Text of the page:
Research on Cutting Horse Lameness and Poor Performance
A recent article looked at lameness and poor performance in cutting horses. The article is titled, “Musculoskeletal problems associated with lameness and poor performance in cutting horses: 200 cases (2007–2015)” and was published in the Journal of the American Veterinary Medical Association.
The authors of this research were Tamara M. Swor, DVM; Robin M. Dabareiner, DVM, PhD; Cliff M. Honnas, DVM; Noah D. Cohen, VMD, MPH, PhD; Jerry B. Black, DVM. Swor, Dabareiner and Cohen are with the Department of Large Animal Clinical Sciences, College of Veterinary Medicine and Biomedical Sciences, Texas A&M University. Honnas is with Texas Equine Hospital in Bryan, Texas. Black is with the Department of Clinical Sciences, College of Veterinary Medicine and Biomedical Sciences, Colorado State University.
Following is from the abstract on this research.
To describe the chief complaints by owners and the types and prevalences of musculoskeletal problems associated with lameness or poor performance in cutting horses.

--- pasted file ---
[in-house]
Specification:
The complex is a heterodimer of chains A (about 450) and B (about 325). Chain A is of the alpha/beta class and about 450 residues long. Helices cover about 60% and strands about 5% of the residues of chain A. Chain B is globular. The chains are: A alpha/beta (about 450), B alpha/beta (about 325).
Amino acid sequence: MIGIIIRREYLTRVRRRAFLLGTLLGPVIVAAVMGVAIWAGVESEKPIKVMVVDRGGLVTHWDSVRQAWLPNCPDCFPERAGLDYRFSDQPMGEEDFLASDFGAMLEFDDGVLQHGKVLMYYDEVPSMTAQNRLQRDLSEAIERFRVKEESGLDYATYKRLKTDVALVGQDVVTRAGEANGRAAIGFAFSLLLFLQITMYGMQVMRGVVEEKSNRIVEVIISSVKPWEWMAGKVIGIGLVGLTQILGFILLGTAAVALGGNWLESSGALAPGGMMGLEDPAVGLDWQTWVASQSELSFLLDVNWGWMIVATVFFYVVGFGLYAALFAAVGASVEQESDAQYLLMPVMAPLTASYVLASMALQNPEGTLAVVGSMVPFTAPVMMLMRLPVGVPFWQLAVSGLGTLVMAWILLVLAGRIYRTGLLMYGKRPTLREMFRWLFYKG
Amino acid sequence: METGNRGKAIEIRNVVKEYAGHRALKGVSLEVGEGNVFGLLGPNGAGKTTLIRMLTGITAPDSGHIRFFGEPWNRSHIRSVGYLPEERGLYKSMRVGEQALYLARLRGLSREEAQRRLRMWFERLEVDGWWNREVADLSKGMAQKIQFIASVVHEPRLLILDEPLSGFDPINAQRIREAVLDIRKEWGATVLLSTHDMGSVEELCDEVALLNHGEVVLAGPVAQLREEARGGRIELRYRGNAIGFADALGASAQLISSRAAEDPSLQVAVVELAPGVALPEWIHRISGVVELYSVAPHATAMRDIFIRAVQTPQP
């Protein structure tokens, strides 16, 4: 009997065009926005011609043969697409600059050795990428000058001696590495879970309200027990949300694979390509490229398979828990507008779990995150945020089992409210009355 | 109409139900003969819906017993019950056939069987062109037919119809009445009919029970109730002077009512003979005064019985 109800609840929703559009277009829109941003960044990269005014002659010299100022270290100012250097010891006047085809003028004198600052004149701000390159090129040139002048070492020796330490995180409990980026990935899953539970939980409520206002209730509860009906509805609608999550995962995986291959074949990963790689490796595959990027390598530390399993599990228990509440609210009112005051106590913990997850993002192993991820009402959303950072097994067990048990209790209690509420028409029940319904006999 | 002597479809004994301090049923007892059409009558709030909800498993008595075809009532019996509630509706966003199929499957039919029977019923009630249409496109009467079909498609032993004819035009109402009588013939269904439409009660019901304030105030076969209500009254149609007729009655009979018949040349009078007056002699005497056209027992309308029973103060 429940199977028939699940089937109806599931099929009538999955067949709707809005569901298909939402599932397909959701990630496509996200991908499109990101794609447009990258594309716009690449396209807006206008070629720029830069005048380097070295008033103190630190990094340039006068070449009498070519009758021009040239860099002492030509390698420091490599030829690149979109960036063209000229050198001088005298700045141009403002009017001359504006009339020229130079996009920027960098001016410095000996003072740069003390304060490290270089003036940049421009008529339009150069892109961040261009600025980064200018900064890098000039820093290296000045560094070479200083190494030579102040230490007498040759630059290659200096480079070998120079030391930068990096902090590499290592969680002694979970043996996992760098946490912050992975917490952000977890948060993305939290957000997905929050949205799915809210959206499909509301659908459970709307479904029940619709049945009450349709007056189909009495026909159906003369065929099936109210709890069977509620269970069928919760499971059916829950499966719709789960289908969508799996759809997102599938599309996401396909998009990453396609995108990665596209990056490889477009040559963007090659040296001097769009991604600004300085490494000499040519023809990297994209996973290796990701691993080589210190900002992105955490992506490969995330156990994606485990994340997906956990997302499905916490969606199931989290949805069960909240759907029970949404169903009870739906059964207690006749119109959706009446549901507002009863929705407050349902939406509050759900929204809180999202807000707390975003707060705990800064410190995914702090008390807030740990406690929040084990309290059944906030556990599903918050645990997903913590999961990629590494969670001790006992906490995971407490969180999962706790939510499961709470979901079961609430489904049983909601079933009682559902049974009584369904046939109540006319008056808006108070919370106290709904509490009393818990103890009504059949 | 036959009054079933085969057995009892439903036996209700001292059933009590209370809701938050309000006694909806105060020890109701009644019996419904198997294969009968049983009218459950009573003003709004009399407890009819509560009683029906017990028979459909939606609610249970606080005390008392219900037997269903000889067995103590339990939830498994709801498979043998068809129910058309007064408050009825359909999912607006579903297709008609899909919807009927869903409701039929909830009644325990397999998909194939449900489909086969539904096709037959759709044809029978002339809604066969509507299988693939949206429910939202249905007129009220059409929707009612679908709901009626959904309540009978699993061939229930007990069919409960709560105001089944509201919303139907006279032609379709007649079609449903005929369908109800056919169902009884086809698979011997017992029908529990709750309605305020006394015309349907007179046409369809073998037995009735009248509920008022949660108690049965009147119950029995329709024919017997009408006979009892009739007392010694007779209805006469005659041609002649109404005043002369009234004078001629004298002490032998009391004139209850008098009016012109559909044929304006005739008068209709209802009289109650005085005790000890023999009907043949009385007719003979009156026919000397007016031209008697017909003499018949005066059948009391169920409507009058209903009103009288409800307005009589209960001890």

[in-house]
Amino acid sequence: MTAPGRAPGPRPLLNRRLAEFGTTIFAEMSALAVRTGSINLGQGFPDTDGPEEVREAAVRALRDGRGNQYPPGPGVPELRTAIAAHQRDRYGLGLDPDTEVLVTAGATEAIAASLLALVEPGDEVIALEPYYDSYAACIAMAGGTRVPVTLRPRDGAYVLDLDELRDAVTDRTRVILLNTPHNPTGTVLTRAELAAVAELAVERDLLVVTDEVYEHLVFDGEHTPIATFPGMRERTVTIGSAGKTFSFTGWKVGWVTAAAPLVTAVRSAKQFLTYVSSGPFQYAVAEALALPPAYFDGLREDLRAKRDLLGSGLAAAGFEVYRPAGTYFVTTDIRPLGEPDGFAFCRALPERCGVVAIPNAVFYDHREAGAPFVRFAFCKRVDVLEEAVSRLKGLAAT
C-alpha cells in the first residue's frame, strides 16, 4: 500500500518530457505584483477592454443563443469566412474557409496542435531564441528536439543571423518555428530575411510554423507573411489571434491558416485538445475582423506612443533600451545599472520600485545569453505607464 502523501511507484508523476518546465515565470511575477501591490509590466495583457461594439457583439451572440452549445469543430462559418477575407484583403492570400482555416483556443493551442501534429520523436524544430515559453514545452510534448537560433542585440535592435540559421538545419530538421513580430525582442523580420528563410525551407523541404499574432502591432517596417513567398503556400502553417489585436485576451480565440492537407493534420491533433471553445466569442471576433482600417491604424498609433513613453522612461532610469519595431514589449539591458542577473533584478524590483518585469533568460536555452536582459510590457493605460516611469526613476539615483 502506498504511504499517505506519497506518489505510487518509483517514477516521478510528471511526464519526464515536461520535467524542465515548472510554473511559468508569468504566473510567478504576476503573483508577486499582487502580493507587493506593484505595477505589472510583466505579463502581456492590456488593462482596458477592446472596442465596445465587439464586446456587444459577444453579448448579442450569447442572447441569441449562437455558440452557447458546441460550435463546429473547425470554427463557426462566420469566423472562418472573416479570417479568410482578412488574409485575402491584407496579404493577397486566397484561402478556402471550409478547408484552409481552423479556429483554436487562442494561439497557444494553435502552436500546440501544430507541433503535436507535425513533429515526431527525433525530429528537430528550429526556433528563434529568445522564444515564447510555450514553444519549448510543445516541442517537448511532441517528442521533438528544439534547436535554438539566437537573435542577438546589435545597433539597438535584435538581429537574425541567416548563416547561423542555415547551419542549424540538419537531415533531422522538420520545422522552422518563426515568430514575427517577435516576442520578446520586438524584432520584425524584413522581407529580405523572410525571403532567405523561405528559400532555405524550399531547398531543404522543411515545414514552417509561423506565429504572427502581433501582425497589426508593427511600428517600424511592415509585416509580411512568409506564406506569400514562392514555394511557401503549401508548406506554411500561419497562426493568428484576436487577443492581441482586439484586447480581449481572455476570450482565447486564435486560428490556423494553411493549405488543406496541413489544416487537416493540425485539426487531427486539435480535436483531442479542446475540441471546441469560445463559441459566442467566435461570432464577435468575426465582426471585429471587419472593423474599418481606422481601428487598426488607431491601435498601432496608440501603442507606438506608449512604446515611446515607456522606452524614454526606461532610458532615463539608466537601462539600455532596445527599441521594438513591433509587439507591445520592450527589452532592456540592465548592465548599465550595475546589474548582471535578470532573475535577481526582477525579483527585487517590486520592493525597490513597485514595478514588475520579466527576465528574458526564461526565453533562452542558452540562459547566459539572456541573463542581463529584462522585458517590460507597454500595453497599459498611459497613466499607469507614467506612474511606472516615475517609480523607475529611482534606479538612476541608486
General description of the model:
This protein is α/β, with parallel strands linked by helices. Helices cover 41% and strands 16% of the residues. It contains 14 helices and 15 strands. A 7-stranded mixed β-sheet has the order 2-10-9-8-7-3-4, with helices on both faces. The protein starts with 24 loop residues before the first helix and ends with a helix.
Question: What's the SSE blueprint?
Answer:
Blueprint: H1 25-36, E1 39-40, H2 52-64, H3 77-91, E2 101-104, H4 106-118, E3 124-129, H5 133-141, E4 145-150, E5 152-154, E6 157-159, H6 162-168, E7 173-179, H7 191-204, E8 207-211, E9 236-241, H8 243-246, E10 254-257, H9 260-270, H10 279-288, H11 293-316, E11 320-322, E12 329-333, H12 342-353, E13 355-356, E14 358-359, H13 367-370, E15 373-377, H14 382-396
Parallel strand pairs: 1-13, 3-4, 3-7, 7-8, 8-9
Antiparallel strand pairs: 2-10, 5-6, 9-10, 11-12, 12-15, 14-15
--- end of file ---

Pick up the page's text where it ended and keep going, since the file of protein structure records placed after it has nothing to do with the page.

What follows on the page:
Animals included in this retrospective case study were 200 client-owned cutting horses examined at the Texas A&M University Veterinary Medical Teaching Hospital between January 1, 2007, and December 31, 2015, because of lameness or poor performance.
Medical records were reviewed, and data were collected regarding signalment, history, findings on physical and lameness examinations, results of diagnostic procedures performed, diagnosis and treatment. Distribution of observed proportions of forelimb and hind limb involvement was compared with a hypothetical distribution of 50% by means of a χ test.
More horses were examined because of a recent decrease in performance (116/200 [58%]) than for lameness (84 [42%]). All horses had at least 1 lame limb, with lameness affecting a total of 281 limbs. Of the 281 lame limbs, 189 (67%) were hind limbs and 92 (33%) were forelimbs. These proportions were substantially different from a hypothetical distribution of 50% hind limbs and 50% forelimbs. The most common performance change was that horses would not reverse direction to follow pre-specified individual cattle, and the most common cause of lameness was pain localized to the stifle joint region (69 [35%]).
Conclusions and Clinical Relevance
Cutting horses sustained more hind limb than forelimb musculoskeletal problems, and although these horses were more likely to be examined for decreased performance than lameness, veterinarians should be vigilant for problems affecting the stifle joint region.
You can access or purchase a full copy of this research here.